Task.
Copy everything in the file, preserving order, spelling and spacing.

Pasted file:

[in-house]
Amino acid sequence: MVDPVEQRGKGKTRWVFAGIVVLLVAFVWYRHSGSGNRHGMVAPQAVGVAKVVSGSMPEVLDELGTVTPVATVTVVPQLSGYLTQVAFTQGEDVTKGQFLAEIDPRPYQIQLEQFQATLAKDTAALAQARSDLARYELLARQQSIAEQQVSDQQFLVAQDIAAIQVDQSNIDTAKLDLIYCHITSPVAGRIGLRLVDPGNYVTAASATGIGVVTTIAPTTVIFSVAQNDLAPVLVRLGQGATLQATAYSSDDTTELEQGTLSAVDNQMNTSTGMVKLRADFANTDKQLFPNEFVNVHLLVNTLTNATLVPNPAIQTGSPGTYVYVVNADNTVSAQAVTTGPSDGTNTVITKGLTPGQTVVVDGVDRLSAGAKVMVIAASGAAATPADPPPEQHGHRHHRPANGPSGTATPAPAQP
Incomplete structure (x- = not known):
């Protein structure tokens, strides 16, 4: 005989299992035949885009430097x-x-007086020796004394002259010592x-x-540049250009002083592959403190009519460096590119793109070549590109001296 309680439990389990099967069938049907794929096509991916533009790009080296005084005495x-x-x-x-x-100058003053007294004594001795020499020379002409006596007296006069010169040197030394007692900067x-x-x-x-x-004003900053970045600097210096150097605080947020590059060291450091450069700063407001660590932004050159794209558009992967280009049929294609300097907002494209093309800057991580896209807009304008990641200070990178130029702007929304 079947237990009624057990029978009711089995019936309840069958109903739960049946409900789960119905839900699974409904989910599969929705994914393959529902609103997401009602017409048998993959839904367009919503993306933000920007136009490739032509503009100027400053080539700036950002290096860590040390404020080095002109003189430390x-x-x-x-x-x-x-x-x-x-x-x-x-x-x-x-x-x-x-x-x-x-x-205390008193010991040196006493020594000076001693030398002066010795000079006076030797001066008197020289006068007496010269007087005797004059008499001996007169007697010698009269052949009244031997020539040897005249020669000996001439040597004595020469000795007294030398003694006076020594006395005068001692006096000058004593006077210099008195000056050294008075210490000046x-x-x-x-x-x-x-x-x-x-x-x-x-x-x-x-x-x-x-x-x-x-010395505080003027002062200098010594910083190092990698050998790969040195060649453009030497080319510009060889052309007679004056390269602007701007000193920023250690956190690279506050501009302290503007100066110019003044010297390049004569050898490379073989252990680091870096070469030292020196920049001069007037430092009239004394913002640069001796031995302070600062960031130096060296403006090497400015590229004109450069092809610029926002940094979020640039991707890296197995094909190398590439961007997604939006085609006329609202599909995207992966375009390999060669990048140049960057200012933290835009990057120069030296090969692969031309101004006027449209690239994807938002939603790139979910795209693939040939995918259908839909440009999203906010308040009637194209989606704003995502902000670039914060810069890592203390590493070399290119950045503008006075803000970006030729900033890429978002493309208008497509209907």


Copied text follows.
[in-house]
Amino acid sequence: MVDPVEQRGKGKTRWVFAGIVVLLVAFVWYRHSGSGNRHGMVAPQAVGVAKVVSGSMPEVLDELGTVTPVATVTVVPQLSGYLTQVAFTQGEDVTKGQFLAEIDPRPYQIQLEQFQATLAKDTAALAQARSDLARYELLARQQSIAEQQVSDQQFLVAQDIAAIQVDQSNIDTAKLDLIYCHITSPVAGRIGLRLVDPGNYVTAASATGIGVVTTIAPTTVIFSVAQNDLAPVLVRLGQGATLQATAYSSDDTTELEQGTLSAVDNQMNTSTGMVKLRADFANTDKQLFPNEFVNVHLLVNTLTNATLVPNPAIQTGSPGTYVYVVNADNTVSAQAVTTGPSDGTNTVITKGLTPGQTVVVDGVDRLSAGAKVMVIAASGAAATPADPPPEQHGHRHHRPANGPSGTATPAPAQP
Incomplete structure (x- = not known):
């Protein structure tokens, strides 16, 4: 005989299992035949885009430097x-x-007086020796004394002259010592x-x-540049250009002083592959403190009519460096590119793109070549590109001296 309680439990389990099967069938049907794929096509991916533009790009080296005084005495x-x-x-x-x-100058003053007294004594001795020499020379002409006596007296006069010169040197030394007692900067x-x-x-x-x-004003900053970045600097210096150097605080947020590059060291450091450069700063407001660590932004050159794209558009992967280009049929294609300097907002494209093309800057991580896209807009304008990641200070990178130029702007929304 079947237990009624057990029978009711089995019936309840069958109903739960049946409900789960119905839900699974409904989910599969929705994914393959529902609103997401009602017409048998993959839904367009919503993306933000920007136009490739032509503009100027400053080539700036950002290096860590040390404020080095002109003189430390x-x-x-x-x-x-x-x-x-x-x-x-x-x-x-x-x-x-x-x-x-x-x-205390008193010991040196006493020594000076001693030398002066010795000079006076030797001066008197020289006068007496010269007087005797004059008499001996007169007697010698009269052949009244031997020539040897005249020669000996001439040597004595020469000795007294030398003694006076020594006395005068001692006096000058004593006077210099008195000056050294008075210490000046x-x-x-x-x-x-x-x-x-x-x-x-x-x-x-x-x-x-x-x-x-x-010395505080003027002062200098010594910083190092990698050998790969040195060649453009030497080319510009060889052309007679004056390269602007701007000193920023250690956190690279506050501009302290503007100066110019003044010297390049004569050898490379073989252990680091870096070469030292020196920049001069007037430092009239004394913002640069001796031995302070600062960031130096060296403006090497400015590229004109450069092809610029926002940094979020640039991707890296197995094909190398590439961007997604939006085609006329609202599909995207992966375009390999060669990048140049960057200012933290835009990057120069030296090969692969031309101004006027449209690239994807938002939603790139979910795209693939040939995918259908839909440009999203906010308040009637194209989606704003995502902000670039914060810069890592203390590493070399290119950045503008006075803000970006030729900033890429978002493309208008497509209907």